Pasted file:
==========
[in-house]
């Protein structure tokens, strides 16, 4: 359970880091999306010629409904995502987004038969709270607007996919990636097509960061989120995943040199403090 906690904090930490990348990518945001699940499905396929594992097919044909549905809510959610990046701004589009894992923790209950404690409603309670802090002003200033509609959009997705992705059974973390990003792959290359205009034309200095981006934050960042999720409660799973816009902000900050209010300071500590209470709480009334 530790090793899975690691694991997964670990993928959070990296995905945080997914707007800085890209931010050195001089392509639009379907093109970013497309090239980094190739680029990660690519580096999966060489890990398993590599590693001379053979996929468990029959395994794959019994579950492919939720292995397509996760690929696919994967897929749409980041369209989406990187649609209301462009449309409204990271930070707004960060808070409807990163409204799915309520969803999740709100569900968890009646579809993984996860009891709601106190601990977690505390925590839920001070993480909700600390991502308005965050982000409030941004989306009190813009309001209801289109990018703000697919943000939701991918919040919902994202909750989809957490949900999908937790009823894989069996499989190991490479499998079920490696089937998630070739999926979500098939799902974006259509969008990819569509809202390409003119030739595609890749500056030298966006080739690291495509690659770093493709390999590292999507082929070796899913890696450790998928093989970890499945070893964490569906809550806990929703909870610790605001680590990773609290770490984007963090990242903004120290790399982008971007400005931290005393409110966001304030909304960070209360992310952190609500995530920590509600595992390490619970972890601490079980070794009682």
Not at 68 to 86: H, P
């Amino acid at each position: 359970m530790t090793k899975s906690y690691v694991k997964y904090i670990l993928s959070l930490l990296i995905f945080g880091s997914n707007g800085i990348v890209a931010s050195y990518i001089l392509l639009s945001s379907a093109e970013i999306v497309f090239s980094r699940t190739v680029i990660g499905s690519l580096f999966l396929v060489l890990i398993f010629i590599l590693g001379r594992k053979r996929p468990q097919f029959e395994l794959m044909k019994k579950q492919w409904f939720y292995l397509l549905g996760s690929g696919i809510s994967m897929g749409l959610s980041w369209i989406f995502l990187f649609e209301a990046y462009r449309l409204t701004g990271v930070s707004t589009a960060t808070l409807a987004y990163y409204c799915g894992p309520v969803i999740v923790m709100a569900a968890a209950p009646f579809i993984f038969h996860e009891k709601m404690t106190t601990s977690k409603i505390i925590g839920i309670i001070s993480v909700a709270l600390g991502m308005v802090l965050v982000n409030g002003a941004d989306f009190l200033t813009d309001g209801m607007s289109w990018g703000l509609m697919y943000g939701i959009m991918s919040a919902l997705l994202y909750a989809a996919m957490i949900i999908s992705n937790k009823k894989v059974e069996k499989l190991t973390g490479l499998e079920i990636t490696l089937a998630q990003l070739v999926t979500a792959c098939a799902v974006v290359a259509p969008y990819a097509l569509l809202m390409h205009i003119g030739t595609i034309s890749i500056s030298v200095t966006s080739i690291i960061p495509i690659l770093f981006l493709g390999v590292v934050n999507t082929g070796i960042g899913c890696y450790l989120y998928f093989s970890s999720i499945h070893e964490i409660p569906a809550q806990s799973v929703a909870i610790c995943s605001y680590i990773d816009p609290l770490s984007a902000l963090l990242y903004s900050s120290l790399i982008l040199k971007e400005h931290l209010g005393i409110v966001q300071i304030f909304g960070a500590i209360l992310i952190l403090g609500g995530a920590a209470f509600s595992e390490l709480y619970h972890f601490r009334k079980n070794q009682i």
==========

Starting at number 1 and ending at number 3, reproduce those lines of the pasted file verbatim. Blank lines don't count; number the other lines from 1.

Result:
[in-house]
């Protein structure tokens, strides 16, 4: 359970880091999306010629409904995502987004038969709270607007996919990636097509960061989120995943040199403090 906690904090930490990348990518945001699940499905396929594992097919044909549905809510959610990046701004589009894992923790209950404690409603309670802090002003200033509609959009997705992705059974973390990003792959290359205009034309200095981006934050960042999720409660799973816009902000900050209010300071500590209470709480009334 530790090793899975690691694991997964670990993928959070990296995905945080997914707007800085890209931010050195001089392509639009379907093109970013497309090239980094190739680029990660690519580096999966060489890990398993590599590693001379053979996929468990029959395994794959019994579950492919939720292995397509996760690929696919994967897929749409980041369209989406990187649609209301462009449309409204990271930070707004960060808070409807990163409204799915309520969803999740709100569900968890009646579809993984996860009891709601106190601990977690505390925590839920001070993480909700600390991502308005965050982000409030941004989306009190813009309001209801289109990018703000697919943000939701991918919040919902994202909750989809957490949900999908937790009823894989069996499989190991490479499998079920490696089937998630070739999926979500098939799902974006259509969008990819569509809202390409003119030739595609890749500056030298966006080739690291495509690659770093493709390999590292999507082929070796899913890696450790998928093989970890499945070893964490569906809550806990929703909870610790605001680590990773609290770490984007963090990242903004120290790399982008971007400005931290005393409110966001304030909304960070209360992310952190609500995530920590509600595992390490619970972890601490079980070794009682």
Not at 68 to 86: H, P